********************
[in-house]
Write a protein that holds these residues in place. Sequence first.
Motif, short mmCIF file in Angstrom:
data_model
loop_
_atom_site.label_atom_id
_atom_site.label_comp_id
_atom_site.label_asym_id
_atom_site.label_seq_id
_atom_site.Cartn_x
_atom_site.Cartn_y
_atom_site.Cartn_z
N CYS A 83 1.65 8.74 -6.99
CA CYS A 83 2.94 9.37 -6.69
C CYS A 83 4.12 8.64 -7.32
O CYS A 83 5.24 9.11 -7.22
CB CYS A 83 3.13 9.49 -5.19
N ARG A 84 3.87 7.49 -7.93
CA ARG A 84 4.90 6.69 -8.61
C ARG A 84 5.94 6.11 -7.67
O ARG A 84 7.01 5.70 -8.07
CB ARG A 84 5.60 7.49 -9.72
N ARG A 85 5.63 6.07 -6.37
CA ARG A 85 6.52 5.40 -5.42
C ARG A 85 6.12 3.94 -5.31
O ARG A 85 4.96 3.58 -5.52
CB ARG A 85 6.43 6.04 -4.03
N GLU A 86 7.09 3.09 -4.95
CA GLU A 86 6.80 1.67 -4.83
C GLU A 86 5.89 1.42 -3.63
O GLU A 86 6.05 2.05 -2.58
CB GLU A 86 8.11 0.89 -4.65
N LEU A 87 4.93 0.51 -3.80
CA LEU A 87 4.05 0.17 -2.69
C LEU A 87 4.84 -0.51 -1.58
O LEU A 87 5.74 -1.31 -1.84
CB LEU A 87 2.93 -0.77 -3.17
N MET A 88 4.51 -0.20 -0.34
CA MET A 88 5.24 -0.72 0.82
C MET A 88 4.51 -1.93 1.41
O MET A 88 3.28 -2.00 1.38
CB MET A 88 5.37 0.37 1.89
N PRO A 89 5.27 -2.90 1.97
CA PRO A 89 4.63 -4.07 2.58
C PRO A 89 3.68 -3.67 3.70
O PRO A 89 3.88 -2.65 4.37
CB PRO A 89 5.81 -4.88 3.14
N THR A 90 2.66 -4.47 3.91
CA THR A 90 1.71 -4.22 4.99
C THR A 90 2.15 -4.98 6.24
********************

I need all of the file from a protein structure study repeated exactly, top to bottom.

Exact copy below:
[in-house]
Write a protein that holds these residues in place. Sequence first.
Motif, short mmCIF file in Angstrom:
data_model
loop_
_atom_site.label_atom_id
_atom_site.label_comp_id
_atom_site.label_asym_id
_atom_site.label_seq_id
_atom_site.Cartn_x
_atom_site.Cartn_y
_atom_site.Cartn_z
N CYS A 83 1.65 8.74 -6.99
CA CYS A 83 2.94 9.37 -6.69
C CYS A 83 4.12 8.64 -7.32
O CYS A 83 5.24 9.11 -7.22
CB CYS A 83 3.13 9.49 -5.19
N ARG A 84 3.87 7.49 -7.93
CA ARG A 84 4.90 6.69 -8.61
C ARG A 84 5.94 6.11 -7.67
O ARG A 84 7.01 5.70 -8.07
CB ARG A 84 5.60 7.49 -9.72
N ARG A 85 5.63 6.07 -6.37
CA ARG A 85 6.52 5.40 -5.42
C ARG A 85 6.12 3.94 -5.31
O ARG A 85 4.96 3.58 -5.52
CB ARG A 85 6.43 6.04 -4.03
N GLU A 86 7.09 3.09 -4.95
CA GLU A 86 6.80 1.67 -4.83
C GLU A 86 5.89 1.42 -3.63
O GLU A 86 6.05 2.05 -2.58
CB GLU A 86 8.11 0.89 -4.65
N LEU A 87 4.93 0.51 -3.80
CA LEU A 87 4.05 0.17 -2.69
C LEU A 87 4.84 -0.51 -1.58
O LEU A 87 5.74 -1.31 -1.84
CB LEU A 87 2.93 -0.77 -3.17
N MET A 88 4.51 -0.20 -0.34
CA MET A 88 5.24 -0.72 0.82
C MET A 88 4.51 -1.93 1.41
O MET A 88 3.28 -2.00 1.38
CB MET A 88 5.37 0.37 1.89
N PRO A 89 5.27 -2.90 1.97
CA PRO A 89 4.63 -4.07 2.58
C PRO A 89 3.68 -3.67 3.70
O PRO A 89 3.88 -2.65 4.37
CB PRO A 89 5.81 -4.88 3.14
N THR A 90 2.66 -4.47 3.91
CA THR A 90 1.71 -4.22 4.99
C THR A 90 2.15 -4.98 6.24